have been an attack ordered by the Soviet national command
authority.
Another weakness of the quarantine decision was its
forfeiture of the element of surprise. The Soviets did not
know that we had discovered the presence of their missiles.
After the announcement of their discovery, the alert status
of their air defense crews no doubt was raised. That
forfeiture of surprise, however, had a collateral benefit.
Khrushchev's greatest "hold card" during the crisis was his
conventional superiority to attack Berlin or some other
Ii
European target where the West would have been vulnerable.
il




























197
By forfeiting the element of surprise, Khrushchev was
maneuvered into a position of being an attacker or aggressor
himself had he chosen this option.
The concern expressed by many military officers during
the quarantine debate within Excomm was its inability to
obtain the actual removal of the missiles. Its objective was
the voluntary removal of the missiles by the Soviets and, it
must be admitted, the West at that time had not been very
successful in obtaining the voluntary cooperation of the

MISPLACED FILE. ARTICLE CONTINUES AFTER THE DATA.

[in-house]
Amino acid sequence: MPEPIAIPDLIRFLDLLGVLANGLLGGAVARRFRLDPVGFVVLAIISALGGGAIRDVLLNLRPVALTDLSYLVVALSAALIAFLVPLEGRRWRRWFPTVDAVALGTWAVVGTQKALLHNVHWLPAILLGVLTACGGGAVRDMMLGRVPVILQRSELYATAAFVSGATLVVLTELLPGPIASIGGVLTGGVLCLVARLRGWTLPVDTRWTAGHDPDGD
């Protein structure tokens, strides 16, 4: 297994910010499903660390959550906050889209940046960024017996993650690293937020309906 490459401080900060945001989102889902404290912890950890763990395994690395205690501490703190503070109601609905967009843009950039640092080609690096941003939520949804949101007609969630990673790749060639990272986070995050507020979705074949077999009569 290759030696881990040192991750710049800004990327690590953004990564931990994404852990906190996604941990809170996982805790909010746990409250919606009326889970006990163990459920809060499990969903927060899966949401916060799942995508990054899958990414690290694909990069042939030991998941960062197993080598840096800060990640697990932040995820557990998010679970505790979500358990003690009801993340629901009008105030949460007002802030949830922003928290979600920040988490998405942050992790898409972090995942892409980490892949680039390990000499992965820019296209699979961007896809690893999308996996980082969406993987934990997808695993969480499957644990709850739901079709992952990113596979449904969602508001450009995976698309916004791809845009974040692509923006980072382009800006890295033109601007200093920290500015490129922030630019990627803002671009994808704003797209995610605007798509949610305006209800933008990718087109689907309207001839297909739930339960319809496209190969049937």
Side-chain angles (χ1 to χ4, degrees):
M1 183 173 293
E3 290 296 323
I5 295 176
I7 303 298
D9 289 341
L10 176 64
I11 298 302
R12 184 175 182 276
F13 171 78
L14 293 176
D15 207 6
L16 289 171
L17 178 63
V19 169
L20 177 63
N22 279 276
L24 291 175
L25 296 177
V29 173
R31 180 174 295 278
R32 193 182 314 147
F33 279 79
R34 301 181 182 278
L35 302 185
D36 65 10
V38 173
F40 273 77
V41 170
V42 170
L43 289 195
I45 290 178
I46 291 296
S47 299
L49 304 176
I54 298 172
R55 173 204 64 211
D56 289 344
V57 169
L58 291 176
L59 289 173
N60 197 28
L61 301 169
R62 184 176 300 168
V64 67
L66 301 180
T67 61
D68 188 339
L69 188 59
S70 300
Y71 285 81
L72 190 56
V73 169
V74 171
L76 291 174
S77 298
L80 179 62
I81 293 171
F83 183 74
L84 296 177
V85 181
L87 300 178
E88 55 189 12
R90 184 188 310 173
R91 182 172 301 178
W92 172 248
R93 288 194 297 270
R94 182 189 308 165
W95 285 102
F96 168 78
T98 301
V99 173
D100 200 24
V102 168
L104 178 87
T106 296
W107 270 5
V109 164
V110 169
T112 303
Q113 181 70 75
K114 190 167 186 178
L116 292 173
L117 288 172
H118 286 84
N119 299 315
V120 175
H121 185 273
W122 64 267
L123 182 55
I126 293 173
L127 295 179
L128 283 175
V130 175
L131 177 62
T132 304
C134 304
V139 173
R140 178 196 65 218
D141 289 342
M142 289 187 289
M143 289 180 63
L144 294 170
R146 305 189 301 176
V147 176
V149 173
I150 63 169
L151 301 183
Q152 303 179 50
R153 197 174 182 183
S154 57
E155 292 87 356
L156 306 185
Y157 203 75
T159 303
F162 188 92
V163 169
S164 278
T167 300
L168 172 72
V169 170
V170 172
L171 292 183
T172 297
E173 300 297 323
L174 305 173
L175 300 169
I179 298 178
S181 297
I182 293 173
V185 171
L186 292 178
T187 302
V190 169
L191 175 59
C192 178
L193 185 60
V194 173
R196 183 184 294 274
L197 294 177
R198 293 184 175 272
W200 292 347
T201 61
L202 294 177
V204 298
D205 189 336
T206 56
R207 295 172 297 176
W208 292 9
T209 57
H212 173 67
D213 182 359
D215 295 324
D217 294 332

Soviets to do much of anything.
This is where the importance of the Marines came into
play. President Kennedy warned that the quarantine was only
the first step. As several of the sources in the previous
chapter indicate, the motivating factor for Khrushchev to
finally make the decision to voluntarily remove the missiles
was his knowledge that an actual invasion of Cuba was
eminent. And, by that time, Khrushchev was correct than an
invasion was eminent. Within hours of the receipt of an order
of the President of the United States to do so, over 25,000
fully supplied and equipped Marines could have stormed ashore
at any of several points in Cuba. Airborne forces would have
dropped nearby, and air strike forces would have streaked
across the skies of Khrushchev's tiny remote ally, destroying
much of the assets that it did have with which to wage war.
Forces at Guantanamo could have attacked out of their base.
The U.S. military response to the Cuban Missile Crisis
totaled a quarter of a million personnel, more than the total